The novel opens in 1982, focusing on several characters who are graduating from Brown University, with flashbacks back to earlier in their college days, and follows them into young adulthood. Madeleine was brought up in a well-to-do, happy family in suburban New Jersey. Her father was the president of a small private university, and her mother was a Martha Stewart type who is always perfectly groomed and dressed. Madeleine is an English major, with a focus on Victorian novels. She is writing her senior thesis on the marriage plot so common in those old novels written by the likes of Jane Austen and George Eliot.
In Madeleine’s Semiotics class (check out the link – I had to look it up, too!), she meets an intriguing boy named Leonard Bankhead, a charismatic guy who Madeleine finds both intellectually and sexually thrilling, as the two start a relationship together. And there is Mitchell, Madeleine’s on-again, off-again friend who is actually in love with Madeleine. During his college years, Mitchell developed a fascination with mysticism and spirituality and changed his major to Religious Studies, all the while pining over – and sometimes clashing with – Madeleine.
As the novel opens on graduation day, a very hung-over Madeleine is trying to meet her obligations with her parents while hiding a secret about her relationship with Leonard, and enlisting Mitchell’s help, even though she hasn’t spoken to him in months, because her parents adore him. So, it’s a bit of a tangled web of relationships that propels the three main characters into their post-graduation, real-life world…and it gets even more complicated (as things tend to do in the real world).
True to its literary fiction genre, this is a story all about people and relationships – the process of finding yourself as a young adult and figuring out what you want to do with the rest of your life, the struggles and challenges of young love which can feel so compelling in the moment, and the way that things can change over time, as we mature. It asks the question: have classic love stories changed since the 18th and 19th centuries? Is the happy ending of Victorian novels still the same in modern times or is there a new kind of happy ending?
I really enjoyed the whole journey along with Madeleine, Mitchell, and Leonard. I found the first part of the novel intriguing because I also went to college in the 80’s, so I enjoyed the pop culture references and the whole college atmosphere of that time period. The one thing I found a bit off-putting, however, was a bit of literary snobbery that I found almost laughable. I don’t know about you, but my friends and I didn’t sit around in college having high-minded discussions of semiotics (which I’d never even heard of before!) or putting one another down for reading one literary icon over another. Maybe it’s because I didn’t go to an Ivy League school or because I was an engineering major and not a lit major…but I doubt it. I stuck with the novel through these parts (where the dialogue often went over my head and the literary references included books and authors I’d never heard of) because I could sense a bit of tongue-in-cheek attitude from the author – I think part of his point was that these very young adults were trying too hard to sound intellectual and high-minded. That was a part of their immaturity and growth process. Or maybe kids at Brown really sound like that!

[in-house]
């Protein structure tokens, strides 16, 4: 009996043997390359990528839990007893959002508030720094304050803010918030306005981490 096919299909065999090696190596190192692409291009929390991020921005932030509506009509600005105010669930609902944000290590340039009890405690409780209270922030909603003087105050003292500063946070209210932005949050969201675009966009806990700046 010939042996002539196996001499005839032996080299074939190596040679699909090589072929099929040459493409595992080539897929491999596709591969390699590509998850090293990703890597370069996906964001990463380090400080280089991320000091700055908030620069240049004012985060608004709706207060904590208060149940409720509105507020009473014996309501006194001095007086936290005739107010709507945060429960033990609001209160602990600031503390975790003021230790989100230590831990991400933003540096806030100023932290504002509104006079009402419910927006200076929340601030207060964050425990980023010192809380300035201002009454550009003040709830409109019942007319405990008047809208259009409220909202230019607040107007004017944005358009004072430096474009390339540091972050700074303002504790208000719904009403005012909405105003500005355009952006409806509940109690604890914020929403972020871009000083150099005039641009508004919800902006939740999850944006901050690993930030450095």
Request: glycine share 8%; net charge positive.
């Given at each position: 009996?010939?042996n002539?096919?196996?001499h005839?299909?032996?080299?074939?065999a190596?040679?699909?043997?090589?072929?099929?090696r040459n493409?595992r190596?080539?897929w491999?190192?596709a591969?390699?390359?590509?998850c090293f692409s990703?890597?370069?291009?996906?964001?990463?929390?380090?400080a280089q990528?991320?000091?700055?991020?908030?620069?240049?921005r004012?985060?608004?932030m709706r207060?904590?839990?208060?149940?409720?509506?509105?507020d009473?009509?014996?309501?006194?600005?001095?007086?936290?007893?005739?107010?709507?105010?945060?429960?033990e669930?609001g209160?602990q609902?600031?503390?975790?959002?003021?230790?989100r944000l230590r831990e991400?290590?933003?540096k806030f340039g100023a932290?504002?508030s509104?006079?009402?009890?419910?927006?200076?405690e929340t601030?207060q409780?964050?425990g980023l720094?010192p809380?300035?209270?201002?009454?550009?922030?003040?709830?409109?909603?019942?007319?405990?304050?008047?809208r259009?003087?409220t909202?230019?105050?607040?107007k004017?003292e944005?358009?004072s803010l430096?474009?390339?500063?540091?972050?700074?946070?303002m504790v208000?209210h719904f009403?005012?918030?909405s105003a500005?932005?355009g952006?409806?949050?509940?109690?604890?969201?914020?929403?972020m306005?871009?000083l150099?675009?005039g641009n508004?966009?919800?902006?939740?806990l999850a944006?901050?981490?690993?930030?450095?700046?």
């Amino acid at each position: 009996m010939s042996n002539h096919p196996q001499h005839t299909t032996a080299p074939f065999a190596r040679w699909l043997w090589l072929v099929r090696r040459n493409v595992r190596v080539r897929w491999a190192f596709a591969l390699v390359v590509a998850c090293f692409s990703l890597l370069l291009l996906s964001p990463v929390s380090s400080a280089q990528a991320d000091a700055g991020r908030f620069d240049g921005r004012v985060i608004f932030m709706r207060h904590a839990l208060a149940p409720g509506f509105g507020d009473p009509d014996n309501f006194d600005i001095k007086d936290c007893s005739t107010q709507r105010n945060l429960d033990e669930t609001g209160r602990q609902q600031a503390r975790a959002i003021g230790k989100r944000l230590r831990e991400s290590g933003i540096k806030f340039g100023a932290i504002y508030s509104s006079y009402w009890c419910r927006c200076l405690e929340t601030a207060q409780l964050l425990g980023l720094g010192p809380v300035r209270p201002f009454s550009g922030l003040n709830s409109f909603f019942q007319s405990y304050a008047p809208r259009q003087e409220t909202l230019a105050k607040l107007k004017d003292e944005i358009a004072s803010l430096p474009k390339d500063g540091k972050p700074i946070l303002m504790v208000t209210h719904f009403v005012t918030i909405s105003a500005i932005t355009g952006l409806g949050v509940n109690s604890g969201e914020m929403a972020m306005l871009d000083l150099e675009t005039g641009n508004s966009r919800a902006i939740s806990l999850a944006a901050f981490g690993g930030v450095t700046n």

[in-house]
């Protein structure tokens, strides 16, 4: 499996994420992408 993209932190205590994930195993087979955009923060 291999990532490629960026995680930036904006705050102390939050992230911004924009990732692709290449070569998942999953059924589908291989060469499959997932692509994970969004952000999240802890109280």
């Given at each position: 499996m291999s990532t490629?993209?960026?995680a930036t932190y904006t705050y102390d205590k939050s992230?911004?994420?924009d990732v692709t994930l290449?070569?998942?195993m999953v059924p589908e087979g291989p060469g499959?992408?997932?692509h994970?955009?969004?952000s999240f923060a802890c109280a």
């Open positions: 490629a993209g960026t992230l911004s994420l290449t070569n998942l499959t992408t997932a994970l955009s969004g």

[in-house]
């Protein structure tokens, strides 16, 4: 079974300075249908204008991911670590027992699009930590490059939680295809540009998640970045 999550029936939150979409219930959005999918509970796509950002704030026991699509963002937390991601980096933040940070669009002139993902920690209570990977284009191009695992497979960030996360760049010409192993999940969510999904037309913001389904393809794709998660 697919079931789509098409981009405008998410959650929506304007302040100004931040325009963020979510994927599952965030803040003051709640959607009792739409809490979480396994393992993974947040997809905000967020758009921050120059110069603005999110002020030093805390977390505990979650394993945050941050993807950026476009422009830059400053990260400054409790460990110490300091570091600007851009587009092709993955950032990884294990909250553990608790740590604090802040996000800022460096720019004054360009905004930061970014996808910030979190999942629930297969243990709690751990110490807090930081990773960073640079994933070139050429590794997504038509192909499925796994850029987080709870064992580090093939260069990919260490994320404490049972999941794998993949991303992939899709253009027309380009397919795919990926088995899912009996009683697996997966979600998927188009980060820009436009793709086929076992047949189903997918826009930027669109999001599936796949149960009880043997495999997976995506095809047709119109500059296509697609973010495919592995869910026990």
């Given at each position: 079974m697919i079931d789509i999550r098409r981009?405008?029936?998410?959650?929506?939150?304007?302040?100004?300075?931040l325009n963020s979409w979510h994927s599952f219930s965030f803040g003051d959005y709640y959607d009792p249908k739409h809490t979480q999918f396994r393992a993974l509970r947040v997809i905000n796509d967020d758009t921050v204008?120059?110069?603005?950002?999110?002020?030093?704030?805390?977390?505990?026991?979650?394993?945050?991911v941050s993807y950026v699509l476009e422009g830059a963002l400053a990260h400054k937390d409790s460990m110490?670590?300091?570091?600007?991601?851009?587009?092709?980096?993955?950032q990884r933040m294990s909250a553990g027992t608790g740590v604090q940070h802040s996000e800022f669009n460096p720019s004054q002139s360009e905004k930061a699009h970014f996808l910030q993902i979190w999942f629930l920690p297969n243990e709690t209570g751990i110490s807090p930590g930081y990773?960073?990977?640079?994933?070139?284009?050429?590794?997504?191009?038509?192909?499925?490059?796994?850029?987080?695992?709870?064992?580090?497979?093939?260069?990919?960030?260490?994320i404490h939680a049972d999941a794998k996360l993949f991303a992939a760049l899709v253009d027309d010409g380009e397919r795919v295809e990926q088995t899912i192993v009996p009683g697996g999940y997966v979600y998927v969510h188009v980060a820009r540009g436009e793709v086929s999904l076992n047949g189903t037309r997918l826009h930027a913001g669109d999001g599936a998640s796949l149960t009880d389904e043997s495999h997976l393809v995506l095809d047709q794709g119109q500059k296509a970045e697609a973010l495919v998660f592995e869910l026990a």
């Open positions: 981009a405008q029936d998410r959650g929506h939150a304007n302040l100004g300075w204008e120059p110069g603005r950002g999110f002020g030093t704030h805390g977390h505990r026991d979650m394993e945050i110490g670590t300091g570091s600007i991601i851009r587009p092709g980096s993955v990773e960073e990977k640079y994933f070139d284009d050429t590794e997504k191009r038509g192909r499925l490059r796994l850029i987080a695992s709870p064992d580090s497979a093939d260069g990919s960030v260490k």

Like I said at the beginning of this review, most people at my book discussion (4 of the 6) enjoyed the novel, and two of us who hadn’t finished it yet wanted to finish it after the discussion. However, two people said they couldn’t get through it (one was ready to give up at about page 100 and the other said she couldn’t get past page 2!). It seems to be the kind of book that people either love or hate.
All of those who liked the novel in our group admired Eugenides’ writing. Although some of his sentences are a bit long and convoluted, he also has a talent for writing about very mundane things in a way that makes you say, “Yes! That’s it! He’s said it perfectly.” One example is this line, thought by Mitchell during the graduation ceremony and probably felt by most of us at some point during our college experiences: “It was possible to feel superior to other people and like a misfit at the same time.” These kinds of That Is So True statements are sprinkled throughout the story.
So, if you are looking for a fast-paced quick read with lots of action, you should probably pass on this one. However, if you enjoy good literary fiction with insights into real life and real relationships and realistic characters who have plenty of depth, all wrapped up with clever , insightful writing, then The Marriage Plot is right up your alley! Now, I really want to read Middlesex.